There has been an increase in the number of dogs being imported into the UK – both legally and illegally. This is partly due to a demand for cheap pedigree dogs and a trend for adopting rescue dogs from abroad. Unfortunately this activity increases the likelihood of introducing new parasites into the UK. So the veterinary profession and pet owners need to be vigilant for signs of parasitic disease and for ticks which carry diseases. This is important so that infected pets can be treated properly, and to prevent new parasitic diseases becoming established in the UK. Some of the diseases are also a danger to humans. By doing this module you will:

  • be aware of how dogs may be brought into the UK from abroad

  • be aware of the parasitic diseases that may be found in an imported dog

  • find out where to get further information and specialist advice

  • know what advice to give owners about the health of imported dogs.

There are three main importation scenarios:

  • Legally-imported puppies. Dogs can be imported legally under the UK’s Pet Travel Scheme (PETS). Click here to go to the PETS website. To comply, the dog must be aged at least 15 weeks. This is equivalent to the minimum age for rabies vaccination – 12 weeks plus another 3 weeks). As well as having to be vaccinated against rabies, if the dog is from a non-EU/unlisted country it must also be tested for rabies antibody after vaccination. All dogs must be microchipped and have been treated for tapeworm 1–5 days before entry into the UK. Owners may be under the misapprehension that their pet has been certified ‘disease free’, to be eligible for travel under PETS. However, the scheme only requires protection against rabies and tapeworm.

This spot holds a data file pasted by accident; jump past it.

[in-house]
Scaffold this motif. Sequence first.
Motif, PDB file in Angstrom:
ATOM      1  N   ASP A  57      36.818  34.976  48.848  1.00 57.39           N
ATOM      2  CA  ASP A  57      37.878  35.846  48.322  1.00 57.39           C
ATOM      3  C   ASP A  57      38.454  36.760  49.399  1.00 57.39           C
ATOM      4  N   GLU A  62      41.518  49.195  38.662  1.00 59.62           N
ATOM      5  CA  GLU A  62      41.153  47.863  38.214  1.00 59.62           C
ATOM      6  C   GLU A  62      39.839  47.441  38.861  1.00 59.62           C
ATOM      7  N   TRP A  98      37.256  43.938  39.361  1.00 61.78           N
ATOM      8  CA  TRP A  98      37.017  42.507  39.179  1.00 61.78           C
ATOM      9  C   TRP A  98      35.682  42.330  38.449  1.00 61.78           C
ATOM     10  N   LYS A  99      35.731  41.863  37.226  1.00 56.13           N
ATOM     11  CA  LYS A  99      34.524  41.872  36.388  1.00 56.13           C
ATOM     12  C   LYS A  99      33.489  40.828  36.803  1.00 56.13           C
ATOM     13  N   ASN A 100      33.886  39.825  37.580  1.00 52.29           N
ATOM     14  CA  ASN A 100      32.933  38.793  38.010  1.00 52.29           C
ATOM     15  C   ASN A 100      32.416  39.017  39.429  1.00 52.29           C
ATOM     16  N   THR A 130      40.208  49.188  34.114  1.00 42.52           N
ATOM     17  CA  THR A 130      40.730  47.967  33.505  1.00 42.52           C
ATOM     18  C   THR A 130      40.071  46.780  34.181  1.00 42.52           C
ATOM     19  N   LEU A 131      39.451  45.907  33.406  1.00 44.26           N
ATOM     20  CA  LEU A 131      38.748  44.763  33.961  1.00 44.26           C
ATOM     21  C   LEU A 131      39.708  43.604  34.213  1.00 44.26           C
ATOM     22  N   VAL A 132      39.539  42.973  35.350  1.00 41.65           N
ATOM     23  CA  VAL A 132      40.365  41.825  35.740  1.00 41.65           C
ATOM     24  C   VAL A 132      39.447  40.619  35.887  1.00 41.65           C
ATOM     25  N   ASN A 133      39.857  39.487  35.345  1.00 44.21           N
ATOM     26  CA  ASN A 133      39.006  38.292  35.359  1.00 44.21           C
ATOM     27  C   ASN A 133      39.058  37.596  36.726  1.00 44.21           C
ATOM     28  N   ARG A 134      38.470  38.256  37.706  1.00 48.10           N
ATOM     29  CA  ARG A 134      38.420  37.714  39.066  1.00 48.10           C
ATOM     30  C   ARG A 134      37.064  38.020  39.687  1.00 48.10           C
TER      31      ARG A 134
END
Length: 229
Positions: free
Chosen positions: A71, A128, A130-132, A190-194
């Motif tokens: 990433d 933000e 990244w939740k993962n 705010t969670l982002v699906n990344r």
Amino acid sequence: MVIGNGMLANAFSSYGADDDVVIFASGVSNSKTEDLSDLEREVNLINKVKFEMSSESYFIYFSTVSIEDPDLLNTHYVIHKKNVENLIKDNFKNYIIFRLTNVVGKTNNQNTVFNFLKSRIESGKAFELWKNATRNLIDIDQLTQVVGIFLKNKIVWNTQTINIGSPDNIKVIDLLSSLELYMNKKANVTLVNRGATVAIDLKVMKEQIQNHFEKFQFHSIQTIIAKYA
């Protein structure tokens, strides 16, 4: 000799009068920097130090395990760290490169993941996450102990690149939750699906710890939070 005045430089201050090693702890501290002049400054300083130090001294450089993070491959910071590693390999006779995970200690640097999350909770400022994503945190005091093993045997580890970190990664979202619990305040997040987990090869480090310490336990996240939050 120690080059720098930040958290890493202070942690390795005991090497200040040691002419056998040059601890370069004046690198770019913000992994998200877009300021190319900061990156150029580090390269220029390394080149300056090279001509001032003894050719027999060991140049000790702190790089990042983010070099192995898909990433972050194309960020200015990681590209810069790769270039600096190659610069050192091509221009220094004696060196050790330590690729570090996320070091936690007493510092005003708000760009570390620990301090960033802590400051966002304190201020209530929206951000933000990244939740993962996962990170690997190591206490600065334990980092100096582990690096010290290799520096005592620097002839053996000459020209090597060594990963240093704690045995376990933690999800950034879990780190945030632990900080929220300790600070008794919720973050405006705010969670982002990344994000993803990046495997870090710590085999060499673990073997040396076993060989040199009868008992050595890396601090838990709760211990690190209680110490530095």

• Illegally-imported puppies. Pets are sometime imported on falsified pet passports, which may difficult to distinguish from genuine passports and cannot be relied upon to accurately report a puppy’s age. Puppies suspected of being too young to legally travel on the scheme should be reported to Trading Standards. 

  • Legally-imported rescue dogs. There is a growing trend for rescuing stray adult dogs from abroad. The welfare of street dogs in some Mediterranean and eastern European countries is often poor and rescue organisations seek to rescue and rehome them, often in another country. It is also important to be aware of the possibility that farmed puppies may be trafficked under the guise of rescue organisations. 

This section outlines the parasites that are being discovered in veterinary practices on imported dogs.

Ticks and tick-borne parasites

Dermacentor reticulatus ticks carry for the microorganism Babesia canis. The organism infects red blood cells in the dog, which can lead to a life-threatening anaemic disease (babesiosis). Affected dogs typically have pale mucous membranes, jaundice, fever and an enlarged liver or spleen. Babesiosis is often lifelong and signs of the disease may come and go. Disease may not develop until many months or years after travel. The Dermacentor tick is beginning to establish in some parts of the UK and it is thought that some of the UK ticks may already be infected with Babesia.